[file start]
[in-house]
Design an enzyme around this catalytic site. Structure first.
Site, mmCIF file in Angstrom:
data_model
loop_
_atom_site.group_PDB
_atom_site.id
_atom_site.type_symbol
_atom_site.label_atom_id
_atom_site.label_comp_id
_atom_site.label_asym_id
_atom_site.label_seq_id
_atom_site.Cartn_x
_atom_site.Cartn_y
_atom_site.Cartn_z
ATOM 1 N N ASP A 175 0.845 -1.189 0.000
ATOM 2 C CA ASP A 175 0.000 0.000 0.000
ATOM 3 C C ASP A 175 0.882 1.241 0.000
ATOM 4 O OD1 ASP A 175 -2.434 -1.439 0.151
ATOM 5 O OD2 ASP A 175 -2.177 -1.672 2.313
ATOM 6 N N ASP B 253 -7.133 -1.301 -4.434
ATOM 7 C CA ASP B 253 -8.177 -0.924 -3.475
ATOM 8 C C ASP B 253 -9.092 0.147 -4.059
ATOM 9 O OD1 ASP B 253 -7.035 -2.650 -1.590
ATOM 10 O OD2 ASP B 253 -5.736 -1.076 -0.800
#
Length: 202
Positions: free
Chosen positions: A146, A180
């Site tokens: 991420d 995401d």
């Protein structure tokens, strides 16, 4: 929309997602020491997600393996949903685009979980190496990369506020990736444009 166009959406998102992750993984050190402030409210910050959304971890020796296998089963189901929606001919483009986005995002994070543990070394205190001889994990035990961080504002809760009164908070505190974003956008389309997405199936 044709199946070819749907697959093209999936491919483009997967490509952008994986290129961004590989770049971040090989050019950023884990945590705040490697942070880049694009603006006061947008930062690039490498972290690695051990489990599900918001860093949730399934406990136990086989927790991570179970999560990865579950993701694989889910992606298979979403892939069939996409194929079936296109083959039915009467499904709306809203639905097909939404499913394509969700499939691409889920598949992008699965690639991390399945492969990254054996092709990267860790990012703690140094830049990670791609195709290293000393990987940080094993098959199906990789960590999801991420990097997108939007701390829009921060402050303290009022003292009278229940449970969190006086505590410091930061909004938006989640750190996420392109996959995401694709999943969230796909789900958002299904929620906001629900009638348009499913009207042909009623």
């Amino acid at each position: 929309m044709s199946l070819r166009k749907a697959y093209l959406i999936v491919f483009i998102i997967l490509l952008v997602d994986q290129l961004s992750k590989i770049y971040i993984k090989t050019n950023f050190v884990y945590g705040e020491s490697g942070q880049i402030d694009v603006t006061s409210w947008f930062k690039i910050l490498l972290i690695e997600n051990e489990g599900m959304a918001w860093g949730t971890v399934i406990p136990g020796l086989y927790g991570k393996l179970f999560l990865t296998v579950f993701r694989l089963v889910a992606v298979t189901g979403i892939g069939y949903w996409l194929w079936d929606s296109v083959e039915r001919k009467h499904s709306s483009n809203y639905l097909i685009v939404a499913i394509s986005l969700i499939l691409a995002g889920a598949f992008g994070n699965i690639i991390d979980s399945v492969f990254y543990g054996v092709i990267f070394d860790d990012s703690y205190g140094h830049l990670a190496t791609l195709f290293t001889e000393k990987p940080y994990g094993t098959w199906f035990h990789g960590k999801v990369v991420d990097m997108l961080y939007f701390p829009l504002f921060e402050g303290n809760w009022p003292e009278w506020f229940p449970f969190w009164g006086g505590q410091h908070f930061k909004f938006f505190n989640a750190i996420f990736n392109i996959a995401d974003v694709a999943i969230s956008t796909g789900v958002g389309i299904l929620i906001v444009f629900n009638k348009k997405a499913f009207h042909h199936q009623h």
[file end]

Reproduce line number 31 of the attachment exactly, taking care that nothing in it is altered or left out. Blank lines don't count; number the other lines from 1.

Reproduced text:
């Protein structure tokens, strides 16, 4: 929309997602020491997600393996949903685009979980190496990369506020990736444009 166009959406998102992750993984050190402030409210910050959304971890020796296998089963189901929606001919483009986005995002994070543990070394205190001889994990035990961080504002809760009164908070505190974003956008389309997405199936 044709199946070819749907697959093209999936491919483009997967490509952008994986290129961004590989770049971040090989050019950023884990945590705040490697942070880049694009603006006061947008930062690039490498972290690695051990489990599900918001860093949730399934406990136990086989927790991570179970999560990865579950993701694989889910992606298979979403892939069939996409194929079936296109083959039915009467499904709306809203639905097909939404499913394509969700499939691409889920598949992008699965690639991390399945492969990254054996092709990267860790990012703690140094830049990670791609195709290293000393990987940080094993098959199906990789960590999801991420990097997108939007701390829009921060402050303290009022003292009278229940449970969190006086505590410091930061909004938006989640750190996420392109996959995401694709999943969230796909789900958002299904929620906001629900009638348009499913009207042909009623």